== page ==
- Southwest Airlines CEO Gary Kelly in a letter to employees on Sunday said the airline “will not fire or fire any Southwest Airlines employee on October 1, unlike its competitors,” CNN reported.
- The airline industry suffered during the COVID-19 pandemic with a significant decrease in air travel. and other airlines, such as United Airlines and American Airlines, have announced plans to lay off significant percentages of their workforce.
- Airlines that have received funding under the CARES Act cannot lay off employees until September.
- “Further, we have no intention of asking for any time off, layoffs, pay cuts or benefits at least until the end of this year,” Kelly wrote.
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Southwest Airlines CEO Gary Kelly told employees in a letter on Sunday that the company will not lay off or lay off employees in October, as competing airlines have announced, CNN first reported. .
“Also, we have no intention of asking for any time off, layoffs, pay cuts or benefits at least until the end of this year,” Kelly wrote. “We have never had any in our 49 year history. ”
Nearly 17,000 employees in the Southwest have taken voluntary leave and extended their leave from the company, he wrote.
“I can’t guarantee this will never happen, especially during these dark times of the pandemic,” Kelly added of future layoffs. “I can promise you that this will be the last thing we do to keep the Southwest financially healthy and viable. ”
Kelly told employees Southwest has lost about $ 1.6 billion since the start of the year and is losing an additional $ 20 million every day. To compensate, he wrote the company scaled back projects, worked with the US government to raise $ 3.2 billion in funds through the CARES Act, sold $ 2.2 billion in company shares to investors. and borrowed more than $ 12 million from lenders “through the sale and leaseback of aircraft.” . “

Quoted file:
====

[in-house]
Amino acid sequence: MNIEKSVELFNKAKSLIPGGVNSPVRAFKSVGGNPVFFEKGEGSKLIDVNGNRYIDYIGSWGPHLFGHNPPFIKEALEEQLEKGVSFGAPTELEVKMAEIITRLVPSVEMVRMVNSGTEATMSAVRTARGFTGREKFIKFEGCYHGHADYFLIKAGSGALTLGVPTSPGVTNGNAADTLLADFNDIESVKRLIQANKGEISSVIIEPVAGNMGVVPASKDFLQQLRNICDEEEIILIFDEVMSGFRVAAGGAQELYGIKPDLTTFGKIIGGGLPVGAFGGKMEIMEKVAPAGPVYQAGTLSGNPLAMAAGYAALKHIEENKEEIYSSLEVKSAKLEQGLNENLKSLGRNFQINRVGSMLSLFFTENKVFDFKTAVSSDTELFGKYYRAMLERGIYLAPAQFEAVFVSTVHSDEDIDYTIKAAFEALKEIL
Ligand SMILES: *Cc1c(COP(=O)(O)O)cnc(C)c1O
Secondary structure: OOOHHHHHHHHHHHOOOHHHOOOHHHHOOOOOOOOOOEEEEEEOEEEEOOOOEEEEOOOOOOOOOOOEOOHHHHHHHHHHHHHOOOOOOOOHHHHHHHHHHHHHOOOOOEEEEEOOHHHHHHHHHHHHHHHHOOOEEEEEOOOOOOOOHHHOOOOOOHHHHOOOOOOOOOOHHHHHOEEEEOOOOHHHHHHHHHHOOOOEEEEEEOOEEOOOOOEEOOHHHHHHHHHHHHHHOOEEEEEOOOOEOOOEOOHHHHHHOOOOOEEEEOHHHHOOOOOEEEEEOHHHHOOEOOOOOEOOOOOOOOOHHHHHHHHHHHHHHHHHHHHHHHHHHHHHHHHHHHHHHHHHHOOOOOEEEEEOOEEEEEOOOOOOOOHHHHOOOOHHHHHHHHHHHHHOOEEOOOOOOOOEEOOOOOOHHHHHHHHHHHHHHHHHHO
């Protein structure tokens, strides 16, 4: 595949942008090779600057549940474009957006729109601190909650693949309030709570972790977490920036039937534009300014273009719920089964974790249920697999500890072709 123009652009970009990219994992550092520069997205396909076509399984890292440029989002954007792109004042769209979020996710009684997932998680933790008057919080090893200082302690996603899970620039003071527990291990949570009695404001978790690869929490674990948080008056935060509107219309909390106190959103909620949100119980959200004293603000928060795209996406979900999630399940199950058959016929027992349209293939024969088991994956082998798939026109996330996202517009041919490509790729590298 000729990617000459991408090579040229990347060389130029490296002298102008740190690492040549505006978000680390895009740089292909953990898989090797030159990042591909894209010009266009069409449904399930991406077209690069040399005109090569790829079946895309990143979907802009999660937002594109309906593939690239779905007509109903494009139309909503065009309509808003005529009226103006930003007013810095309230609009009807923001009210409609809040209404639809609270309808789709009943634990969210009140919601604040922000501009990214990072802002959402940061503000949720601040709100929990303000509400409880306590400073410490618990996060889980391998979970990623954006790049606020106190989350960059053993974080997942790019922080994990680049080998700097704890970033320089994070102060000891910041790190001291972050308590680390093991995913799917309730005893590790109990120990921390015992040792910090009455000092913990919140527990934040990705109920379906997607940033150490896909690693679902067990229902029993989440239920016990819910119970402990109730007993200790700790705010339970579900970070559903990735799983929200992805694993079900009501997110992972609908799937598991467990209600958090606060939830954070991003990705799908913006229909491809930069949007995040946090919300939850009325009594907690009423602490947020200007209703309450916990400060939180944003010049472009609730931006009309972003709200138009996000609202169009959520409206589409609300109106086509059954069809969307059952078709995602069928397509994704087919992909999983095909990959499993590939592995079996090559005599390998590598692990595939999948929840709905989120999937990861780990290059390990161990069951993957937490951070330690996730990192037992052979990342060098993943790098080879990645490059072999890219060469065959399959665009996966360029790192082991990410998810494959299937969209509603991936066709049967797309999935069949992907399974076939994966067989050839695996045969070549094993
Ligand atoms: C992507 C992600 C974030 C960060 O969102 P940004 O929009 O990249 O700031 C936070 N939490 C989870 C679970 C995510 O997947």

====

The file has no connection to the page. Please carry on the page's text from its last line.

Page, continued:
—Pete Muntean (@petemuntean) July 26, 2020
“Our business is in critical care,” Kelly said.
Southwest currently has 100 parked planes in stock, he wrote, adding that second-quarter travel was down 56% from this period in 2019.
The announcement comes amid a period of turbulence for the airline industry as a whole, which has seen a significant drop in passenger numbers due to the coronavirus pandemic, the effects of which could be felt for years to come. analysts warned.
Funding received by airlines under the March CARES law stipulated that companies that received funding could not lay off their employees until the end of September, as reported by CNN.
On July 15, American Airlines announced that it would warn 25,000 frontline workers – about 20% of the company’s workforce – of possible time off and layoffs, because it predicted that air travel would not recover when l The CARES law relief for airlines will expire on October 1. the profession most affected, with 37% of workers having received notifications, reported David Slotnick of Business Insider.
Earlier in July, United Airlines issued layoff and time off notices to 36,000 of its employees, including 15,000 flight attendants and 2,250 pilots, adding that it expected air travel to resume by 40% of the typical number by August and that she didn’t expect her to. increase during the rest of the year.
Kelly said Southwest currently had $ 14 billion “in the bank,” which is enough to cover the company’s losses for more than two years, he said.
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